At Academic Level Top

On top of all these, the major hurdles are at academic level. The Dental Council of India (DCI) is yet to take a clear stand on the subject of FO. The council refuses to recognize the master's degree offered by other colleges and universities (not dental colleges) nor it is introducing the subject at a PG level in dental colleges. All these question the overall existence of this specialty at the academic level. This is a major issue and it makes subject experts, although quite few in number, feel orphaned, and disowned by their own parent governing authority.

Currently, the field of FO is at a very crucial stage in India. The number of experts in this promising new discipline of forensic science/dentistry is on the rise. However, the initiative to overcome these hurdles is lacking from the peers of the community. It is high time to find the solutions to these hurdles and clear the path of FO as a mainstream investigative science.

Let us now analyze some of the possibilities which can help overcome these hurdles;

  At Grass Roots Level Top

Awareness creation sessions/workshops should be organized to sensitize the involved personnel to initiate and increase the acceptance of FO services. The onus of this is on individual forensic odontologists.

  At Higher (Center/state) Level Top

Positions should be created at ideally all government civil hospitals or at least major civil hospitals with morgue and autopsy facility. Positions can also be created at central and state forensic science laboratories. This will give a major boost to the specialty.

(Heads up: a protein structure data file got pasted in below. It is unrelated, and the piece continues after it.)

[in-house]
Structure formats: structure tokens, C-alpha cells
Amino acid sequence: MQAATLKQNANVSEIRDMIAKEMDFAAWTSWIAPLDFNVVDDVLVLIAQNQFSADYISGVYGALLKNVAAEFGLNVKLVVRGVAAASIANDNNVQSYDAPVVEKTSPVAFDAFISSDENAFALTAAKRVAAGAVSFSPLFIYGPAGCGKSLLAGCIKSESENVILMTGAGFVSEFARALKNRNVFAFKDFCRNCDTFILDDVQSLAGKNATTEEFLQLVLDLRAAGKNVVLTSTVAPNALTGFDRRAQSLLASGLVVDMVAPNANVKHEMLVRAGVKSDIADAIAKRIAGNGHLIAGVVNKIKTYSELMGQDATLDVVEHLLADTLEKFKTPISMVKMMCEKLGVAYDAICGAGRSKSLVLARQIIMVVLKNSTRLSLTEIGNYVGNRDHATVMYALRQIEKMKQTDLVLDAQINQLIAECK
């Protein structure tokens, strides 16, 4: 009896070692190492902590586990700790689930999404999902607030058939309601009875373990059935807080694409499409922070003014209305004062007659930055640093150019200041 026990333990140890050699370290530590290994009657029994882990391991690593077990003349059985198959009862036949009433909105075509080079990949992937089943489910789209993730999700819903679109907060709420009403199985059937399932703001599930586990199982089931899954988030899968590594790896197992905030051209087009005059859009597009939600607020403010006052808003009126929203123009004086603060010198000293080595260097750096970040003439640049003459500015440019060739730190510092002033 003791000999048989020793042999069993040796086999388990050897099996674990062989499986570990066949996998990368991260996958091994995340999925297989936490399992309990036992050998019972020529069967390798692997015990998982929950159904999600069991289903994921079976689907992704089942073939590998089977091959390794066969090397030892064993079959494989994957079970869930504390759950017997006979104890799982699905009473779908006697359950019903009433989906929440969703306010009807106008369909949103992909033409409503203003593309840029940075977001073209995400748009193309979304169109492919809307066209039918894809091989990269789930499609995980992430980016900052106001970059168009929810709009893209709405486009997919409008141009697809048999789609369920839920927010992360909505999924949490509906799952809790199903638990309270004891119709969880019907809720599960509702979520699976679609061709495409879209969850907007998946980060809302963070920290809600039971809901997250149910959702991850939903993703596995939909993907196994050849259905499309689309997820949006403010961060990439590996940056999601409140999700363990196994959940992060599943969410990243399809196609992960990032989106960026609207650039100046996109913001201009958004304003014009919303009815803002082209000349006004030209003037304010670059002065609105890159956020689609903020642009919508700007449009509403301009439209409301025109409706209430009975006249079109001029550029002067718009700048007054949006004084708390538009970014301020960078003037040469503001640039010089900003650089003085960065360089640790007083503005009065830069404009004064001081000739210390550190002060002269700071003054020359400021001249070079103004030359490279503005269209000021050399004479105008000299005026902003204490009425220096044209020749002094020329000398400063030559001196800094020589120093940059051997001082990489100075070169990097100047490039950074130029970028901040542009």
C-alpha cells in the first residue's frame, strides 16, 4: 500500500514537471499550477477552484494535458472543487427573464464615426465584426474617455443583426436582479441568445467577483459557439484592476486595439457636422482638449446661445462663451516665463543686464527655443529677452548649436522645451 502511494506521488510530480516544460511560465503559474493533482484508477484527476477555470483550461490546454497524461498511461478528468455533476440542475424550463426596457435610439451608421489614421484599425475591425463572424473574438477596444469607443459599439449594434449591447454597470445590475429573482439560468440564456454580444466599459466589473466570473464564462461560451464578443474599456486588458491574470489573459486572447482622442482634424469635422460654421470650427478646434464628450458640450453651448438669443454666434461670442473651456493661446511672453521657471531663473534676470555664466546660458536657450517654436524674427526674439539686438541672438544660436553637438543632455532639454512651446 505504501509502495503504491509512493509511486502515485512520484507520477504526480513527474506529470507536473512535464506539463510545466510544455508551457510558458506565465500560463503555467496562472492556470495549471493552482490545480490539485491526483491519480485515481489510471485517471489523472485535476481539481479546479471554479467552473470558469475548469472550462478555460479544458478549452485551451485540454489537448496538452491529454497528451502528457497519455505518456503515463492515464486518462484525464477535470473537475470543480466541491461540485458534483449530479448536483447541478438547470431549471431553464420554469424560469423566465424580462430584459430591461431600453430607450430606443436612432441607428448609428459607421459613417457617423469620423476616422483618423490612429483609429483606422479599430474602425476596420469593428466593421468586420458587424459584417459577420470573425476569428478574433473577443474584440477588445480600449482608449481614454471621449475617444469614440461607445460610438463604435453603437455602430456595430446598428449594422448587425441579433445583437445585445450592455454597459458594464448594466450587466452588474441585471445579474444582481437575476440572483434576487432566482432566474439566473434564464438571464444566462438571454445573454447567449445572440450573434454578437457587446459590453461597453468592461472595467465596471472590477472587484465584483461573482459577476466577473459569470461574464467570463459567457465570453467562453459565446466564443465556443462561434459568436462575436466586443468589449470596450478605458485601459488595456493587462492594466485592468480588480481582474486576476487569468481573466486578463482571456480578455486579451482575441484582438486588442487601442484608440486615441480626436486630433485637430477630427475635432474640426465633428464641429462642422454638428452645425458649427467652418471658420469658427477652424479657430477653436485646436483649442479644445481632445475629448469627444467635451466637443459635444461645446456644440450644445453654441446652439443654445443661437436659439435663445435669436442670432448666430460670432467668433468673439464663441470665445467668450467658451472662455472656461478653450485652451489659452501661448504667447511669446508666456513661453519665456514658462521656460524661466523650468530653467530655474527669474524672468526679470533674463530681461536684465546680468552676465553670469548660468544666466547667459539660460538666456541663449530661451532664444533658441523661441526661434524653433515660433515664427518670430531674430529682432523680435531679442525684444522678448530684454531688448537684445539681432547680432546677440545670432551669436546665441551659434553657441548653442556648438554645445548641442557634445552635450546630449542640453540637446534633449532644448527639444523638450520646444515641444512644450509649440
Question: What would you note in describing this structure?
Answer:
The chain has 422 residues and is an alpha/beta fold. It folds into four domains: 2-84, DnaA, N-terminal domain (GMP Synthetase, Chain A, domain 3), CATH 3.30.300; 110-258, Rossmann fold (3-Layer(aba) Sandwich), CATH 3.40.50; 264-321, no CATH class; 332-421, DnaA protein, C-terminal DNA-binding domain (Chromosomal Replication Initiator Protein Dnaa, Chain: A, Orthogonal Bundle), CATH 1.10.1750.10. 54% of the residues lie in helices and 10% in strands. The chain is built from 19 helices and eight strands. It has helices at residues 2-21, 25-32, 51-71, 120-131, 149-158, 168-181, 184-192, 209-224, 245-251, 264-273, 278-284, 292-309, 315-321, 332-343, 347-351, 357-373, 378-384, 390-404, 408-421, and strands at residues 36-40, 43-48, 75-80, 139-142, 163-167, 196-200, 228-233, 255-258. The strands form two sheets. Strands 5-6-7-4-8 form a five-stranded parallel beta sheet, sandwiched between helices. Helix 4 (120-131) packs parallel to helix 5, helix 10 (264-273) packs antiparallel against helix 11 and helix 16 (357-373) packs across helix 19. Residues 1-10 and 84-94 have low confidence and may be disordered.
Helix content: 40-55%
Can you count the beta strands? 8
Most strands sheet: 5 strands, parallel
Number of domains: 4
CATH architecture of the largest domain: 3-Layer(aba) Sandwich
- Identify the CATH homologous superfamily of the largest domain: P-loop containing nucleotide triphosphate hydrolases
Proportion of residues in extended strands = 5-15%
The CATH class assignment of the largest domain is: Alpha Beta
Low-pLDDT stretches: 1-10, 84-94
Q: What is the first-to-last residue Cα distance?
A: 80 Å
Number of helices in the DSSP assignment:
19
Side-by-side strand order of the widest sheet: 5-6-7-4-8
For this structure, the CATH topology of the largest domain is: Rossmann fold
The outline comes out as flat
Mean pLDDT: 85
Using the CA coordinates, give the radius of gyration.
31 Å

At Administrative Level Top

Constitution of a credentialing body and a special act to govern the specialty is essential. Their job will be to lay down quality assurance and quality control protocols for the forensic report generated by odontologists. This will officially introduce and streamline the practice of FO services.

  At Institution Level Top

The DCI should recognize master's degree in FO acquired in Indian or foreign university (which may not necessarily be DCI accredited). The 30 h of didactic at the undergraduate level is meager. DCI should introduce this specialty at the postgraduate level in the form of MSc/MDS or at least a postgraduate diploma.

Every new specialty has to face a tough struggle for its very existence and carve out its own niche. They say FO is in its infancy, but whether this infant is starved to death or nurtured to grow into a responsible hero is in the hands of fellow forensic odontologists and of course the system. The future of FO in India is nothing but bright. The only question is when this future will become present.

  References Top

Gawali RA. A new kid on the block: Forensic odontology. J Dent Res Rev 2019;6:63-4.  Back to cited text no. 1
  [Full text]  
Gawali RA. Education, training, and practice of forensic odontology: An Indian perspective. J Dent Res Rev 2020;7:3-4.  Back to cited text no. 2
  [Full text]